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The Country's Deadliest Jobs 

Wednesday, Jun 22 2011
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Last week, San Francisco offered a final farewell to firefighters Vincent Perez and Anthony Valerio (except for Jeff Adachi, who was booted out). Gargantuan, citywide funerals for departed firefighters are, sadly, a long tradition. Much is asked of firefighters, and, unfortunately, much has been given.

There are easier ways to earn a living than by fighting fires; use of the word "fire" in your job title essentially guarantees dangerous and difficult work. You could hardly be blamed for venturing that firefighting is one of the nation's most lethal professions. But you'd be wrong. In fact, according to data from the Bureau of Labor Statistics, more janitors die on the job than firefighters. A lot more.

In 2009, the United States suffered 4,551 fatal occupational injuries. Of these, 29 were firefighters. Forty-one were janitors. The deadliest profession by number of mortalities was "driver/sales workers and truck drivers" at 647 — "transportation incidents" claimed nearly 40 percent of all fallen workers, and drivers are at constant risk. Other professions counterintuitively outdying firefighters: grounds maintenance workers (154); carpenters (84); taxi drivers and chauffeurs (55); amusement, gambling, and recreation industries — excluding bowling (36); and bartenders (32).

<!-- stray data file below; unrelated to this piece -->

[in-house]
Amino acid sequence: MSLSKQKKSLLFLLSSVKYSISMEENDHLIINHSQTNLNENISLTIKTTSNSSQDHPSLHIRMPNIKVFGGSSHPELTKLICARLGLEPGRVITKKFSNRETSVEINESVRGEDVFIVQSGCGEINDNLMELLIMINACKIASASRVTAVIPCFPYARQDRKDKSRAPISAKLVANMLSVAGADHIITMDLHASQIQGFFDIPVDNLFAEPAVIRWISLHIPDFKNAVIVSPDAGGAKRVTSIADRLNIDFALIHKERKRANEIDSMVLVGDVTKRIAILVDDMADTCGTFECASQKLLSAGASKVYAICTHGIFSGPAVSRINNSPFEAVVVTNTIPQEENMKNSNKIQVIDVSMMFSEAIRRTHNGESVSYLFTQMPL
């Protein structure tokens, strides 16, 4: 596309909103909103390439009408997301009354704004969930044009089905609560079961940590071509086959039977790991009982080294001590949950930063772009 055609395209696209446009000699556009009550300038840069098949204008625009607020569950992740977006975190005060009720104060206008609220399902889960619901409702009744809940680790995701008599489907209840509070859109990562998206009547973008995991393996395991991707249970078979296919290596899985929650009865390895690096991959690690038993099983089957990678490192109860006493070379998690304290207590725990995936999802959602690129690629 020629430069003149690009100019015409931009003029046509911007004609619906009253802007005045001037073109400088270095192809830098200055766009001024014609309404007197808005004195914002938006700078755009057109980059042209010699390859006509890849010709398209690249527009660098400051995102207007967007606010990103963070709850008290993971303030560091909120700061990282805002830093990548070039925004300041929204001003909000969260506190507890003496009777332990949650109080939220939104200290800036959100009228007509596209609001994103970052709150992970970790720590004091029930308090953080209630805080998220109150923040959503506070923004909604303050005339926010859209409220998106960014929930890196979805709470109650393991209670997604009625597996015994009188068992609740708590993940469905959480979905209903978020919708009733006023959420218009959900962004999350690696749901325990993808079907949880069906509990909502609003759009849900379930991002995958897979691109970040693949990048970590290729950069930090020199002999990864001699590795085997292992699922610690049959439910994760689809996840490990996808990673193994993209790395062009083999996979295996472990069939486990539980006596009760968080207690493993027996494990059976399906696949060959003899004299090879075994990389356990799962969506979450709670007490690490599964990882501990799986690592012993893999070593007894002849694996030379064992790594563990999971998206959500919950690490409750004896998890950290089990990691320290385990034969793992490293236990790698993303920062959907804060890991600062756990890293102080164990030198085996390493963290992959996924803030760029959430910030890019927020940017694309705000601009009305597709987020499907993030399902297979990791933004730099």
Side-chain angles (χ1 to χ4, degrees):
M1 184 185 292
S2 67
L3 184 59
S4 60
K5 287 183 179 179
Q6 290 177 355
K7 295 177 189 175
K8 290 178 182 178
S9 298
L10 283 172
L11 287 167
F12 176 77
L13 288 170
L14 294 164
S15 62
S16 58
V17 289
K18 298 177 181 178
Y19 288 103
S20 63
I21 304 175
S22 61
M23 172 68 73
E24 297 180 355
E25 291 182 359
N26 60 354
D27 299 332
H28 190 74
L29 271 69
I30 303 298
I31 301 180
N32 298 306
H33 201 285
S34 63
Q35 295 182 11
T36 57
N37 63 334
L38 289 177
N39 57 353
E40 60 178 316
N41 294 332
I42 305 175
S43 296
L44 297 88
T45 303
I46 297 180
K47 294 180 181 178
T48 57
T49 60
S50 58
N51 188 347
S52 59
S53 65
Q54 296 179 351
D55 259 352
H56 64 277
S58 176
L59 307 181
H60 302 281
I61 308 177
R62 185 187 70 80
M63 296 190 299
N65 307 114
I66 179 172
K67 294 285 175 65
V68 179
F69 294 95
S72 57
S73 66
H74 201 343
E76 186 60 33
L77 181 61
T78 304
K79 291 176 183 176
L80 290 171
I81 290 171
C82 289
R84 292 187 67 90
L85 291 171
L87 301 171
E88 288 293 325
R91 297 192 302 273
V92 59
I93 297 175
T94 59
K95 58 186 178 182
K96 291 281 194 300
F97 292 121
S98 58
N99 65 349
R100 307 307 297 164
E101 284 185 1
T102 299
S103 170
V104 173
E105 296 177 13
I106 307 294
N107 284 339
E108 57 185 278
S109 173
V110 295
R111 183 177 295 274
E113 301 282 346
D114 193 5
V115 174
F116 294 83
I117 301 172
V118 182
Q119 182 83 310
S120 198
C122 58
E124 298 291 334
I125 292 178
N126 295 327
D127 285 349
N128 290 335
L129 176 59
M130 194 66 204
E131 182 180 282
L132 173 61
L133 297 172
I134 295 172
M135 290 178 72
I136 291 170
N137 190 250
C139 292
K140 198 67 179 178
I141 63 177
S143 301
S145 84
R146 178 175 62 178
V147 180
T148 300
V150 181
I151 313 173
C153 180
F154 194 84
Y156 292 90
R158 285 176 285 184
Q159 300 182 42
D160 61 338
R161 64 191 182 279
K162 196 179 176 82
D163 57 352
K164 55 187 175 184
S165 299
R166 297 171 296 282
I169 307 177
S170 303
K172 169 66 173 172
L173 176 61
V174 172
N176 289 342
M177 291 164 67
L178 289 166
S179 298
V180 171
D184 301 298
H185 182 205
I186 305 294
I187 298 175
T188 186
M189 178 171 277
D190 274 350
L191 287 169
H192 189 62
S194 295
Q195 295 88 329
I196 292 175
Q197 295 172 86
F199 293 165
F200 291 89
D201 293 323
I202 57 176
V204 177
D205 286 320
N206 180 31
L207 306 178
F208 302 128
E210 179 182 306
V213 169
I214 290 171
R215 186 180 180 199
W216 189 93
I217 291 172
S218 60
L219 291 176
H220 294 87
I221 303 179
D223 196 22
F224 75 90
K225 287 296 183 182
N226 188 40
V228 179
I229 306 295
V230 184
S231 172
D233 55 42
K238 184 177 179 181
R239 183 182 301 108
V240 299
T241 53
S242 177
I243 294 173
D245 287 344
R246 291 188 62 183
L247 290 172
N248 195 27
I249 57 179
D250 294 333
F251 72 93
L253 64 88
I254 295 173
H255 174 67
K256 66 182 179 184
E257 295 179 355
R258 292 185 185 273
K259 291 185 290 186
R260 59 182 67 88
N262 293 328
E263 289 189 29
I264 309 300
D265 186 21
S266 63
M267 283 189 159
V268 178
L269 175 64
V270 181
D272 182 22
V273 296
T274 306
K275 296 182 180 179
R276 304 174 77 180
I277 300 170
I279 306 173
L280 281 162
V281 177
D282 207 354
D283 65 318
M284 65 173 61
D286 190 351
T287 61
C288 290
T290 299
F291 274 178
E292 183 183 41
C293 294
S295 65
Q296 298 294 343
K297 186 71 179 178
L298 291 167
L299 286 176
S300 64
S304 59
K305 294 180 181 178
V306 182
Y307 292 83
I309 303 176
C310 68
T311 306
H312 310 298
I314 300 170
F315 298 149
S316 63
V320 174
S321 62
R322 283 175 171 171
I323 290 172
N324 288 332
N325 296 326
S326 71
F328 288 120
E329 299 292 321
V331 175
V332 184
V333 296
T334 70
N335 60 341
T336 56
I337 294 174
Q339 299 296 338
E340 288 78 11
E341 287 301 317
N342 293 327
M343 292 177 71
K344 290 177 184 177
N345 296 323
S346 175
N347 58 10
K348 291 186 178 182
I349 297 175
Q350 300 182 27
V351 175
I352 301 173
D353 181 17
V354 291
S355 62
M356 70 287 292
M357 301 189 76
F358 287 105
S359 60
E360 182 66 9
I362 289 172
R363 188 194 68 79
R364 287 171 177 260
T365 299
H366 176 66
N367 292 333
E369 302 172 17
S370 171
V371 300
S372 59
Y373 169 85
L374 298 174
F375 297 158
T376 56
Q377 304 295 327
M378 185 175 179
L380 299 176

Those hoping to avoid dying on the clock will still skip firefighting. Its fatal work injury rate per 100,000 workers is 4.4; the national average is just 3.5. Pescetarians, however, may have to rethink their worldview. Their fish-based diets are killing people — an astonishing 204 fishermen per 100,000 died in the most recent tally. "I'm not surprised," says Zeke Grader, the executive director of the Pacific Coast Federation of Fishermen's Associations. Angling in the San Francisco Bay isn't the same thing as cheating death in the Bering Sea or off New England — which may be why no one has yet set a fishing-based reality show or movie here. But you needn't be too imaginative to figure out ways to perish by taking small boats into the heart of the sea.

The remaining list of most dangerous professions is a nightmare-inducing compilation of horrid ways to die: loggers, pilots, farmers, roofers, construction workers, and, of course, "industrial machinery installation" ("No, Frank! The red button!").

Professions with similar death rates to firefighting include property managers, mechanics, and workers in auto-parts stores. Chances of dying on the job aren't ludicrously high in any of these fields. Chances of a large public funeral, however, are rather low.

Read the source document online at http://bit.ly/WorkplaceDeath

About The Author

Joe Eskenazi

Joe Eskenazi

Bio:
Joe Eskenazi was born in San Francisco, raised in the Bay Area, and attended U.C. Berkeley. He never left. "Your humble narrator" was a staff writer and columnist for SF Weekly from 2007 to 2015. He resides in the Excelsior with his wife, 4.3 miles from his birthplace and 5,474 from hers.

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